As far as paying attention in class, if you don't think you're going to benefit from understanding how the professor sees the law, and how they believe it applies to cases, then all right. You go with that. You've got more experience in this setting than I do, so I won't try and argue, but I will say that would be pretty anomalous across any field that I've studied.

As far as four lectures goes, I know. It isn't a lot of class time, though its also too much for a 0L. If someone knows a polite way to turn down a classroom visit, I'd like to know. I have three more schools I'm going to check out.


The error in your logic: Students on facebook in class are not trying to get top grades.

EDIT: In law school, you can almost think of class as a review session. It can sometimes also be a rare block of time where you're not reading/reviewing/sleeping.
Last edited by Heartford on Fri Feb 11, 2011 12:20 am, edited 1 time in total.

Fark-o-vision
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Re: What should I do to prepare for law school

Postby Fark-o-vision » Fri Feb 11, 2011 12:17 am

ogurty wrote:
Fark-o-vision wrote:I was all for preparing, but then I visited law schools.


This is priceless.

OP: As someone who did a bit of 0L prep and then did well first semester, here's my advice:

Read Getting to Maybe and the most well-respected articles on TLS on doing well in law school - xeoh, Arrow, etc. Everything else was pretty useless for me.
If you can't type fast, learn to.
Otherwise, just get as much of your life in order as you can so you have as much time as possible to focus on school. Have a pretty solid exercise regimen. Get an idea of how you'll eat healthfully while at school. If you're commuting, make sure your car is in good shape - something I wish I'd done.

Read a bit of E&Es if it relieves your anxiety - it can't hurt - but after going through a semester of school, I'm solidly in the camp that says it won't help. They'll only help once you have an idea of what your professor is looking for.


Not to post back to back, but sounds entirely reasonable. This isn't how I was reading the original post, but it's good advice.

dakatz
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Re: What should I do to prepare for law school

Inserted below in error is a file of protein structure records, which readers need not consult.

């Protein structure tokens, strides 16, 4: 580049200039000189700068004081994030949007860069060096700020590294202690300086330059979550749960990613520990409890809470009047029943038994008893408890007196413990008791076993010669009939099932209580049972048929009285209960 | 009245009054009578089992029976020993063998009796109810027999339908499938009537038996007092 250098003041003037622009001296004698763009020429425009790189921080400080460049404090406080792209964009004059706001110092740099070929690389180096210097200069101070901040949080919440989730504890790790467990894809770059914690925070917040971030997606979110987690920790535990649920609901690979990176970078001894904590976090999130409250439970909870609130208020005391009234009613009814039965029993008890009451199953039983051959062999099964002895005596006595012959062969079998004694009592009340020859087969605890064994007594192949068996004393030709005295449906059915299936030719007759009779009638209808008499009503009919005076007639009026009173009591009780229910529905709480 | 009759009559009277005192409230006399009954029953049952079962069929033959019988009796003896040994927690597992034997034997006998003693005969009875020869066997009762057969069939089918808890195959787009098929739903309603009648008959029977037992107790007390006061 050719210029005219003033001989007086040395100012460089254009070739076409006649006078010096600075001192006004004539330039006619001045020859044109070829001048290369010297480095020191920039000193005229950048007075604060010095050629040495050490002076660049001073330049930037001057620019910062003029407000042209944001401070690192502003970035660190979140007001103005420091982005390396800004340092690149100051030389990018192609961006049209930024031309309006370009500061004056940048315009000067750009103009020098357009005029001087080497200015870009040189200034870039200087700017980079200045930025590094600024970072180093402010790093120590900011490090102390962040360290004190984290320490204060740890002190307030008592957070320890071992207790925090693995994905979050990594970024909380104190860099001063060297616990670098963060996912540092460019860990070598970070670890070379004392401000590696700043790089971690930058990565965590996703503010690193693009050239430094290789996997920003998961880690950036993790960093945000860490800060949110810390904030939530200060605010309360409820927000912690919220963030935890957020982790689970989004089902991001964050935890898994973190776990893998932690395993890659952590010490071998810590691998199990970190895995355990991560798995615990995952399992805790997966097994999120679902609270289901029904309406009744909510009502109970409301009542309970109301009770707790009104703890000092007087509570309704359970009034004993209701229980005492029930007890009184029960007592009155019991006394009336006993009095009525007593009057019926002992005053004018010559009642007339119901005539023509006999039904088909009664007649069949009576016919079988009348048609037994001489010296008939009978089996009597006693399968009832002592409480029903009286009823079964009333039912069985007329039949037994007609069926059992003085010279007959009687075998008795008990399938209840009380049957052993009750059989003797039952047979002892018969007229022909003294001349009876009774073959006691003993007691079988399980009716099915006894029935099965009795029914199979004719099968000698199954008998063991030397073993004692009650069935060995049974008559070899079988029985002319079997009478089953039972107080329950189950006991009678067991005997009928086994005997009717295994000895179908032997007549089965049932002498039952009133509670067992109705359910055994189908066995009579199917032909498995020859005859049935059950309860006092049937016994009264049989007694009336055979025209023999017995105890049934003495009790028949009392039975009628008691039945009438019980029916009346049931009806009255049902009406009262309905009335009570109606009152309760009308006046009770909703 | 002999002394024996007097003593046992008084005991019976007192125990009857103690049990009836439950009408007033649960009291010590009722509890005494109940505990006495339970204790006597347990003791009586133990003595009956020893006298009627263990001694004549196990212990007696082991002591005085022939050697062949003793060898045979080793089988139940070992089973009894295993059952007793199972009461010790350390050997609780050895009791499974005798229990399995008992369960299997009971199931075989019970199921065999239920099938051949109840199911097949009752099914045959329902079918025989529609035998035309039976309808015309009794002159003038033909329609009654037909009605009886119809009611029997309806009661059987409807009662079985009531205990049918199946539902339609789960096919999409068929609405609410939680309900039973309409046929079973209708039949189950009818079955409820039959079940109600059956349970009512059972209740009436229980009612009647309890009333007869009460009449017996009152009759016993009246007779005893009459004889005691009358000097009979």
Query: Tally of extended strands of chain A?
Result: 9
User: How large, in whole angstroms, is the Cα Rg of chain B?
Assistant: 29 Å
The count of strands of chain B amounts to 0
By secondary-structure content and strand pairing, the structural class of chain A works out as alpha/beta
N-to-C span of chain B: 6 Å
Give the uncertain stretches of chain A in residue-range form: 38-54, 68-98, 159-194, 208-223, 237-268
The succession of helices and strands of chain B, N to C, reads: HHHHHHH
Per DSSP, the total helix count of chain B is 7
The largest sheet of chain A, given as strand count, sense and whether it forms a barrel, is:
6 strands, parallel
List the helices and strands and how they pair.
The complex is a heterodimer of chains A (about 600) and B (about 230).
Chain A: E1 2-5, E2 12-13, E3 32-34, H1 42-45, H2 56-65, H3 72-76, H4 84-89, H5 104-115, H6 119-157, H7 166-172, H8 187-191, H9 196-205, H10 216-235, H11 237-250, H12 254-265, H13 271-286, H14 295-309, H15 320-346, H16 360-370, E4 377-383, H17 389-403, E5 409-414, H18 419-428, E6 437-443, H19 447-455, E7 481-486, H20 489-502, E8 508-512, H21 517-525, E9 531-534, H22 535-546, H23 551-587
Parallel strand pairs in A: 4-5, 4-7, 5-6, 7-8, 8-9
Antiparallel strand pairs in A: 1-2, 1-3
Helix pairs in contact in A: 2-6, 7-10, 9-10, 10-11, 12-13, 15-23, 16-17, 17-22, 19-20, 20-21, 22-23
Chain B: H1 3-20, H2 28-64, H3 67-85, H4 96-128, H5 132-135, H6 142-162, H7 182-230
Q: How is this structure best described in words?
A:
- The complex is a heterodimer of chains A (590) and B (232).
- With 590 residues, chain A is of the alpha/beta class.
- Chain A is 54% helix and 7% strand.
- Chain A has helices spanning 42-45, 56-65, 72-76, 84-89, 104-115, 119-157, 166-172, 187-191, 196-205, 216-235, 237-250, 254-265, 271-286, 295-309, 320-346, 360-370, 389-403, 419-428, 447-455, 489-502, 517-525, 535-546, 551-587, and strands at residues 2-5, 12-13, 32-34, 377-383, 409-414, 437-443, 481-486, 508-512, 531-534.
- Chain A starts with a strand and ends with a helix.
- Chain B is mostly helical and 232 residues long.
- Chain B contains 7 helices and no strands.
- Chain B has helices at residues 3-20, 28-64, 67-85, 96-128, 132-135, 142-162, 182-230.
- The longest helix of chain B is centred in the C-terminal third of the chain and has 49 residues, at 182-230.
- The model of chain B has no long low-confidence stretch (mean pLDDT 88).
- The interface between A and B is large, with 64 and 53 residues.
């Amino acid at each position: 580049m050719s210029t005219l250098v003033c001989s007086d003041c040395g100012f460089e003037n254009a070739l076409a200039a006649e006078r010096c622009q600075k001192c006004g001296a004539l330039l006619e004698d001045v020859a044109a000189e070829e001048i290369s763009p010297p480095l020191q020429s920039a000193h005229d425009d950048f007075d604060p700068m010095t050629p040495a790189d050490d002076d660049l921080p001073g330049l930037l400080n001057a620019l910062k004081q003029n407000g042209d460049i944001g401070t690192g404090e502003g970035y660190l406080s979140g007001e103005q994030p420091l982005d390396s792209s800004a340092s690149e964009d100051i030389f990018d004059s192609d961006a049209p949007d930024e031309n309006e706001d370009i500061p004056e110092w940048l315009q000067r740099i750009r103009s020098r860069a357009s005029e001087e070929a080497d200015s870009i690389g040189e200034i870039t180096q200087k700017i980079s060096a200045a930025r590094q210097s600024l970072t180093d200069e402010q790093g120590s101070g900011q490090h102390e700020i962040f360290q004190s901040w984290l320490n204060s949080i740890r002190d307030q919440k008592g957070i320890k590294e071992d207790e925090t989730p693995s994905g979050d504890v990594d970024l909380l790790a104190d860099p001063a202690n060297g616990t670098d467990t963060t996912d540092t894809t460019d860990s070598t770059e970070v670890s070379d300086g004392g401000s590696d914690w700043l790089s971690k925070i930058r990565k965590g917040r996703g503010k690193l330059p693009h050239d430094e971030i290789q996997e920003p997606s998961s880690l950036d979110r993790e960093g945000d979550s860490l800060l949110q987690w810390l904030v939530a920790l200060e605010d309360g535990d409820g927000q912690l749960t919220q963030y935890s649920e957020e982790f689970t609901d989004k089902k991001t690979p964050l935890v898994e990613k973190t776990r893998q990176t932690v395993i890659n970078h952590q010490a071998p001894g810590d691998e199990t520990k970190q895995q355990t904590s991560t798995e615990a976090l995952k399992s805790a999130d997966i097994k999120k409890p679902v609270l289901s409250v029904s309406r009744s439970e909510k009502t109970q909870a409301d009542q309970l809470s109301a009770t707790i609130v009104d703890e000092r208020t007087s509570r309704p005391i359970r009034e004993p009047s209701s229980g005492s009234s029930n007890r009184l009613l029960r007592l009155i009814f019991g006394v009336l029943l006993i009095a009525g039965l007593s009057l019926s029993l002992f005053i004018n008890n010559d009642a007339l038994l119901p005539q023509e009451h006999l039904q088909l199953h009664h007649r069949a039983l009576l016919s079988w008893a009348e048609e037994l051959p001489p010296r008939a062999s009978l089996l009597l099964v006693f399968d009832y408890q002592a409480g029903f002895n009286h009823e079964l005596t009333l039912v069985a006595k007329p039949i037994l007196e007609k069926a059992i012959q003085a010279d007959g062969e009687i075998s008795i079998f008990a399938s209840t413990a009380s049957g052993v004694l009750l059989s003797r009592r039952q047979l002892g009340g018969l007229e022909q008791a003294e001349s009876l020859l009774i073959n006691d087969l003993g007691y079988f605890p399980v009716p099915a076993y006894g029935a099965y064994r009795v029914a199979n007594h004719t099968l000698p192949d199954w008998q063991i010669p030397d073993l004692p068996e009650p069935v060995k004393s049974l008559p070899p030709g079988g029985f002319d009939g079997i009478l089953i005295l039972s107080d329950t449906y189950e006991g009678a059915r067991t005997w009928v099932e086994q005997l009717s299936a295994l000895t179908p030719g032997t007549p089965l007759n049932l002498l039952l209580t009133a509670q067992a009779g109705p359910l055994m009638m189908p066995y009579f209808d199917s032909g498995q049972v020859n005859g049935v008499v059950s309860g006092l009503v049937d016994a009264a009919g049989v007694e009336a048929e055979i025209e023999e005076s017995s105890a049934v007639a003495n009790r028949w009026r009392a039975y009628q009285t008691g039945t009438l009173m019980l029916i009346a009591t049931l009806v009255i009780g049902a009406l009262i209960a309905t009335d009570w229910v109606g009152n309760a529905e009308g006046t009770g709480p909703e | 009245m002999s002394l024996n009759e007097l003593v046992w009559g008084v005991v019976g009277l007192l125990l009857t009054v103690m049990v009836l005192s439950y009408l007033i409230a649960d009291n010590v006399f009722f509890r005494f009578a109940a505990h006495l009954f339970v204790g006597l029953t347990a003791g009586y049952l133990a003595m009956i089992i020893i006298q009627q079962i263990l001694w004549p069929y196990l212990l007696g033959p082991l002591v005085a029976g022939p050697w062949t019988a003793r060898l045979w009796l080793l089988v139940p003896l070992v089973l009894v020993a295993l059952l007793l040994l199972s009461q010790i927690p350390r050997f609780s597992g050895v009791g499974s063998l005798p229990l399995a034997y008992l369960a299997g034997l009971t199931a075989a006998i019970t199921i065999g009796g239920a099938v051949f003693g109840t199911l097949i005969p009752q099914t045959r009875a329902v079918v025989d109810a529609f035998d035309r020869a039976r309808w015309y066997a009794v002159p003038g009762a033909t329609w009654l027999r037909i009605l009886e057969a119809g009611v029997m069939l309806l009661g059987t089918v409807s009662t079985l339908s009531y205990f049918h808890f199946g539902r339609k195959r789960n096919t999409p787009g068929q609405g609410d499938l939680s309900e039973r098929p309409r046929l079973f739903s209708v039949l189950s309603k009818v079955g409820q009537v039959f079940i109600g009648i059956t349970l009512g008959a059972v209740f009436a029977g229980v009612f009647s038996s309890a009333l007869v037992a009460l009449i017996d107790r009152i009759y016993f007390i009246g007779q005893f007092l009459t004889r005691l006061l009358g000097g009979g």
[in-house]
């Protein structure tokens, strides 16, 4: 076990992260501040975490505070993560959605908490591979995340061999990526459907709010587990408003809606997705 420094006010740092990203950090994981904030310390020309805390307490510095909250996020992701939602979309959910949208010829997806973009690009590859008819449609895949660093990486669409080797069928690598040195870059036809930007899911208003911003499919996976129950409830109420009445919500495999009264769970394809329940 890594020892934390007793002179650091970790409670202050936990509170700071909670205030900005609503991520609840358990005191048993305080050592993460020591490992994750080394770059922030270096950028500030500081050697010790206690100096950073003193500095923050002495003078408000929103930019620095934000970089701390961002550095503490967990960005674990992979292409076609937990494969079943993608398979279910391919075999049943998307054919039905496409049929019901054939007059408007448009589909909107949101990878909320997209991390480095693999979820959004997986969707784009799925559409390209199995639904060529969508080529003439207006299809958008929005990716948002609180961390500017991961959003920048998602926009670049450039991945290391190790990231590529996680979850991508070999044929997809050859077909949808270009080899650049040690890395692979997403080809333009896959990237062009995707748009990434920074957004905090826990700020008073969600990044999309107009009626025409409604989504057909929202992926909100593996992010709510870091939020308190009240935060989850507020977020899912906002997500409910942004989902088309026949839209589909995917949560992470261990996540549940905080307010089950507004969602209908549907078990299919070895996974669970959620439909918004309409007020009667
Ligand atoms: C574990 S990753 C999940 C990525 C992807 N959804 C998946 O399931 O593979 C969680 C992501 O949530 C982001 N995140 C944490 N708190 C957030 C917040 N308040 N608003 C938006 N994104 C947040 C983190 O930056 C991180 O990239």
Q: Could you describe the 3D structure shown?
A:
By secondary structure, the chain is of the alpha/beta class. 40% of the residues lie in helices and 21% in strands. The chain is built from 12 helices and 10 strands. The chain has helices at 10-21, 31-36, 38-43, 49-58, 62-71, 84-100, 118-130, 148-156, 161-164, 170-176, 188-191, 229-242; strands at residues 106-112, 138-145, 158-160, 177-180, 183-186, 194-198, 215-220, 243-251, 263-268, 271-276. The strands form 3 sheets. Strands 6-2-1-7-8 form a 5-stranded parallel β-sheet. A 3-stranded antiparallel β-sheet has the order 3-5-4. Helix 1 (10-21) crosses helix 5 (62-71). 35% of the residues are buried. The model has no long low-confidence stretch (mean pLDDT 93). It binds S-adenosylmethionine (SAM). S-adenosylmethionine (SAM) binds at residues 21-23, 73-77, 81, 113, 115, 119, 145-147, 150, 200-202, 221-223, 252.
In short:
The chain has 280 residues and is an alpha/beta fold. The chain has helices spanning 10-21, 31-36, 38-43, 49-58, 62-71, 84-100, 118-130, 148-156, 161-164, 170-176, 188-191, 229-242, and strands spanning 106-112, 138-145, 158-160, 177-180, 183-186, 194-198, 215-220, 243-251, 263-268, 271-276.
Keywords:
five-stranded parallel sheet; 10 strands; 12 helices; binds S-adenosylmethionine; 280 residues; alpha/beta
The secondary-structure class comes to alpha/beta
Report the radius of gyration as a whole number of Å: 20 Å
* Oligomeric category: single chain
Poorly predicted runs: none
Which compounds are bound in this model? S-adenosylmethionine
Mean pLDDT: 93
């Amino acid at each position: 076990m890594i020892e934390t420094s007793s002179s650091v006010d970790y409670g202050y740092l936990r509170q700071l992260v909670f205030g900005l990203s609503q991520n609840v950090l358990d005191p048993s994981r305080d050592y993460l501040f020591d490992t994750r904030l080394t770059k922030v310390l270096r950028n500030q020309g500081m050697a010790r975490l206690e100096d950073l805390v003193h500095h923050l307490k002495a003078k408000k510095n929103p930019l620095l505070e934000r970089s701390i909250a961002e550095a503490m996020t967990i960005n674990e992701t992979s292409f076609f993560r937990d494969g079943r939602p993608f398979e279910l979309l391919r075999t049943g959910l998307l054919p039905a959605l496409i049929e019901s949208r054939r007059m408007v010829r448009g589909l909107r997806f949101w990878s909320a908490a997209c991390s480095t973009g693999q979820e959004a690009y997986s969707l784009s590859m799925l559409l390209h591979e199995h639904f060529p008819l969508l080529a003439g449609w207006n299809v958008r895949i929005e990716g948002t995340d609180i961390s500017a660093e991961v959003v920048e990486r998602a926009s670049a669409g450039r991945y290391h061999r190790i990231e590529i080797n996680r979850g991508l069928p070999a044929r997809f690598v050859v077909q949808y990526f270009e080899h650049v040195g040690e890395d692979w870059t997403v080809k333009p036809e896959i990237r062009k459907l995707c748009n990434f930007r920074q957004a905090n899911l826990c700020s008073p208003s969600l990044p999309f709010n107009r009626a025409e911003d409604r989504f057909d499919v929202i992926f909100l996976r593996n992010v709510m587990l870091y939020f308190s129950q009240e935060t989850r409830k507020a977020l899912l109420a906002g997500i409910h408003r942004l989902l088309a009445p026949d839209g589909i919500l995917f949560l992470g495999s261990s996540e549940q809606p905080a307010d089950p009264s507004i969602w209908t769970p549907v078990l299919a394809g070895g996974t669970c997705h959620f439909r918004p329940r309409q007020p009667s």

Postby dakatz » Fri Feb 11, 2011 12:18 am

To answer OP's question: DO NOT DO SUBSTANTIVE PREP!!! Def read up about law school exams (Getting to Maybe, LEEWS perhaps). A book like Law School Confidential can't hurt to get an overarching picture of what the whole process is like, and it gives some good advice. Take some time to fix up your resume. Contact alumni from the school you will be attending. Contacts and networking are essential, and your school's alumni will be happy to speak with you in most cases. I tried to read E&E's and it was a complete waste of time. I did well first semester, and the prep I did before school had absolutely nothing to do with it, and probably hindered me a bit for awhile since I came in thinking i knew stuff, when the professor had a different view on things.

Fark-o-vision
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Re: What should I do to prepare for law school

Postby Fark-o-vision » Fri Feb 11, 2011 12:20 am

Heartford wrote:
Fark-o-vision wrote:
dakatz wrote:
Fark-o-vision wrote:I was all for preparing, but then I visited law schools. The "you can't say you'll get top 20% because everyone is trying to get top twenty percent" thing on TLS is overblown, if even just a little. Four lectures down and I can already see where professors are putting points of emphasis and where students aren't listening. Not to say I'll ace exams or anything, but visiting really swayed me to the "pay attention, take notes, and really just do what your professor tells you to" side of things.